Friday, February 13, 2015

My Home is My Prison?

Send them home? Crowded inmates in
prison in Santa Marta. (Photo: El Espectador)
Home confinement, or 'casa por carcel,' is a sensible policy for reducing crowding in Colombia's packed prisons and making punishment more humane for non-violent criminals not likely to re-offend.

However, in at least some recent cases, it's turned into a get-out-of-jail free ticket used by the rich and well-connected to avoid punishment.

At its best, home confinement is a troubled system in Colombia. According to a recent report in El Tiempo, the police are so short-handed that they can visit criminals' homes only once a month or so to make sure they're actually staying there. So, instead, they often just call home telephone numbers - a dubious strategy since relatives' voices may sound similar. (And how many of those convicts turn out to be at home, but just can't come to the phone due to sudden cases of severe constipation?)

The prison system does have several thousand ankle bracelets. But these evidently can be violated, and El Tiempo reports cases in which police have discovered bracelets on the ankles of pet dogs.

And then there are the dubious legal claims about supposed medical problems and being fathers of families, with which vicious criminals have won home detention from suspiciously cooperative judges.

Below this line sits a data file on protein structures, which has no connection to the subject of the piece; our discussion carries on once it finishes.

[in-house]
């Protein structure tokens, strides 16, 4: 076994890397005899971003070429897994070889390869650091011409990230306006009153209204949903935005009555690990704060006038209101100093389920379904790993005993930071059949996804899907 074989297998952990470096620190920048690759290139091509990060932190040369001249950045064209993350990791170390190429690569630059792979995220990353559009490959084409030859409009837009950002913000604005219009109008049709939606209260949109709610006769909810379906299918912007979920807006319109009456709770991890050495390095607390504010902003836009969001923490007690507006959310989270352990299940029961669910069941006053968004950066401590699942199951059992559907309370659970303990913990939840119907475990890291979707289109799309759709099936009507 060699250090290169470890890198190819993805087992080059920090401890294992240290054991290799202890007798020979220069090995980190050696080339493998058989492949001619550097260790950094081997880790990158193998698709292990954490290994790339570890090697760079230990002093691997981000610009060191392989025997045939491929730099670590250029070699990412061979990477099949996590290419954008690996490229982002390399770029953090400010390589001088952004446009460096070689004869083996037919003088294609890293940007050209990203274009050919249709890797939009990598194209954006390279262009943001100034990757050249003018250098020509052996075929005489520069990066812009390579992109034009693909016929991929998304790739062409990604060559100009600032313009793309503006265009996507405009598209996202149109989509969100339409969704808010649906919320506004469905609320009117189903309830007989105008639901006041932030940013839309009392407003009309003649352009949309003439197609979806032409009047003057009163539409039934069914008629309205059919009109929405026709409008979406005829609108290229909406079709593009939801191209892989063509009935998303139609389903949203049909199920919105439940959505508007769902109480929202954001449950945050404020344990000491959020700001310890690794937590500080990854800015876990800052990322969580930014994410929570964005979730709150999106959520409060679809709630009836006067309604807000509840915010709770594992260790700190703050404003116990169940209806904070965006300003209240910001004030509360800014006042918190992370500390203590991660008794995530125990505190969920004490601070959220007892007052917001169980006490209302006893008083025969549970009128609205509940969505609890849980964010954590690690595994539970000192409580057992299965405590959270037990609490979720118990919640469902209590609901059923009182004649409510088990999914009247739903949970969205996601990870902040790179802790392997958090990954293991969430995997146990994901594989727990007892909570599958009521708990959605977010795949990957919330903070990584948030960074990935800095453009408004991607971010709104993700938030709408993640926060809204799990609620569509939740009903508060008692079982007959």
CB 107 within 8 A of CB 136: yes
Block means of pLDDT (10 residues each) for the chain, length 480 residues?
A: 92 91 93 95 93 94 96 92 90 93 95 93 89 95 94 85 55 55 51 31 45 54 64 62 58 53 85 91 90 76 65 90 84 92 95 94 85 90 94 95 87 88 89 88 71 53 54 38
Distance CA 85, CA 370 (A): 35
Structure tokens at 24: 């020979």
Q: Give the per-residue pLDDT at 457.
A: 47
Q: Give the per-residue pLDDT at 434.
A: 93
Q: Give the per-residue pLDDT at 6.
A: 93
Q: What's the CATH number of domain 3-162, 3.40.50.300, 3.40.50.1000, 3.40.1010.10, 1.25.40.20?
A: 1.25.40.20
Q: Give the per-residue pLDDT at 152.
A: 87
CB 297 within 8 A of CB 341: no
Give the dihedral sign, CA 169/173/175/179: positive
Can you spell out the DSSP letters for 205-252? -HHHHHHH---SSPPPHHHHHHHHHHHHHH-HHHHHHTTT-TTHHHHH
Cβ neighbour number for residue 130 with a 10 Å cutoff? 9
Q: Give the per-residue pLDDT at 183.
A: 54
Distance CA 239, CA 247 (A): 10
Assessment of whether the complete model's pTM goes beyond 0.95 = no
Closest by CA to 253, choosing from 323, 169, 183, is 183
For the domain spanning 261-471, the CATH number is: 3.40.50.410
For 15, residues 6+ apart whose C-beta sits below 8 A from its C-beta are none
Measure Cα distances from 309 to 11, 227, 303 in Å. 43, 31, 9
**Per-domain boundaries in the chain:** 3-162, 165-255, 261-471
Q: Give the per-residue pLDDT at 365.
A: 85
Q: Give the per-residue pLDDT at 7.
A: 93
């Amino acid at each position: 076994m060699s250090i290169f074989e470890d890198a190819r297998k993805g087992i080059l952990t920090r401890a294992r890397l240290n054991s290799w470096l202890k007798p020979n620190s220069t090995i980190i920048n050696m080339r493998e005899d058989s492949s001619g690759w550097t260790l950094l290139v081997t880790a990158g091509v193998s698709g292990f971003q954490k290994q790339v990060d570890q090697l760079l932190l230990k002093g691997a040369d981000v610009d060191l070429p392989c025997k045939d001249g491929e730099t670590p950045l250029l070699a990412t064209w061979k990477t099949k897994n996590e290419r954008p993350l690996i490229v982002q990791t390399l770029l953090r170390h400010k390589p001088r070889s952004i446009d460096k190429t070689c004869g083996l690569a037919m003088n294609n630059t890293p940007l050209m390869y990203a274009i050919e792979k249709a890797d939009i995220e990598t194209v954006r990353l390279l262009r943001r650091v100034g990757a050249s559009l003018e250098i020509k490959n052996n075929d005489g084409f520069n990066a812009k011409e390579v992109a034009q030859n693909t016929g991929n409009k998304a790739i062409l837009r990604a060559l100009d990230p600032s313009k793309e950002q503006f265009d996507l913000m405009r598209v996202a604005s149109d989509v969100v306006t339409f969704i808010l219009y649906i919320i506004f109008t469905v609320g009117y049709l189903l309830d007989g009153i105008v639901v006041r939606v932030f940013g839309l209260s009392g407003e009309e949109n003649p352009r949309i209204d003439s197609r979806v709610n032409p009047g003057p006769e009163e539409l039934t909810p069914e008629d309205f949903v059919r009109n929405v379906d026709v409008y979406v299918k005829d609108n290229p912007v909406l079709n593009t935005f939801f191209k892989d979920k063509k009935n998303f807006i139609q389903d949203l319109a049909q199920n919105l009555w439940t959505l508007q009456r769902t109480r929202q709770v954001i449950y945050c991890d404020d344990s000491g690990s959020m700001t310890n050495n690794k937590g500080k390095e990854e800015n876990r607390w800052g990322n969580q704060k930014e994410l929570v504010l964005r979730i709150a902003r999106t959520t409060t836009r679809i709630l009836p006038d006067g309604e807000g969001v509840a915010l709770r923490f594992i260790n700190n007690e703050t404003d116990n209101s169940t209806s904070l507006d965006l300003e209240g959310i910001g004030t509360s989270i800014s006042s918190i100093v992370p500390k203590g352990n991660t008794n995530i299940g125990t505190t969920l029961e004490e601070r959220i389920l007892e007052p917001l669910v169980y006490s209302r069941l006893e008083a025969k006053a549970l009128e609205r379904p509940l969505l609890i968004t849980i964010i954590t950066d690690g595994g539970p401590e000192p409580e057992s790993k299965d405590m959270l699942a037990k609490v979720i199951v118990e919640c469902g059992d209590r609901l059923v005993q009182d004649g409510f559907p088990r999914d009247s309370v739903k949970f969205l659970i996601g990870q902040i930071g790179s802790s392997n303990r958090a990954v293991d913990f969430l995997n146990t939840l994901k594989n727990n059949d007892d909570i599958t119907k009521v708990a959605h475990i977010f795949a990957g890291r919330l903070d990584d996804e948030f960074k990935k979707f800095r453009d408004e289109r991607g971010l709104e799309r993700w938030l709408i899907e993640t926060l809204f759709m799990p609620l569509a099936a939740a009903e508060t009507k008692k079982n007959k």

Convicted narcotrafficker and money launderer Marco Antonio Gil, el 'Papero, is now doing time in his luxurious apartment in north Bogotá.
Several recent cases have brought attention to how the policy can be abused:

One is of Inocencio Meléndez, an ex-subdirector of Bogotá's Urban Development Institute (IDU), now in home detention serving a seven-year sentence for corruption. On December 25, two agents of the National Prisons Institute (INPEC) visited his house and rang the doorbell twice without response. The recorded a violation, but Meléndez claims he was there the whole time sleeping. His loyal doorman supports his version of events.

Another is the case of narcotrafficker Marco Antonio Gil, el 'Papero,' who was captured in 2013 and confessed to narcotrafficking, money laundering and illegal enrichment. According to authorities, Gil had been trafficking drugs since the early 1980s. For all that, he was sentenced to only six years in prison. And after serving less than two years and receiving credit for helping in the prison kitchen and doing cleaning work, this week Gil was released to 'serve' the rest of his time in his luxurious apartment in north Bogotá.

Ernesto Manzanera in court. 
But the case which has generated the most ire recently is that of Ernesto Manzanera, 24, a co-pilot with Avianca who according to police was speeding down Bogotá's Autopista Norte early in the morning of Aug. 2 when he slammed into the rear of a car carrying the Carmen family, who were rushing their father to the hospital. All four members of the Carmen family were killed. Manzanera fled the scene in a taxi and turned himself in to police only 12 hours later, when any evidence of drugs or alcohol would have been gone from his system.

Despite the killings and Manzanera's subsequent behavior, judges have awarded him home detention while he awaits trial.

Like so many things in Colombia, the law seems to apply only to 'los de ruana' (the poor people).

By Mike Ceaser, of Bogotá Bike Tours

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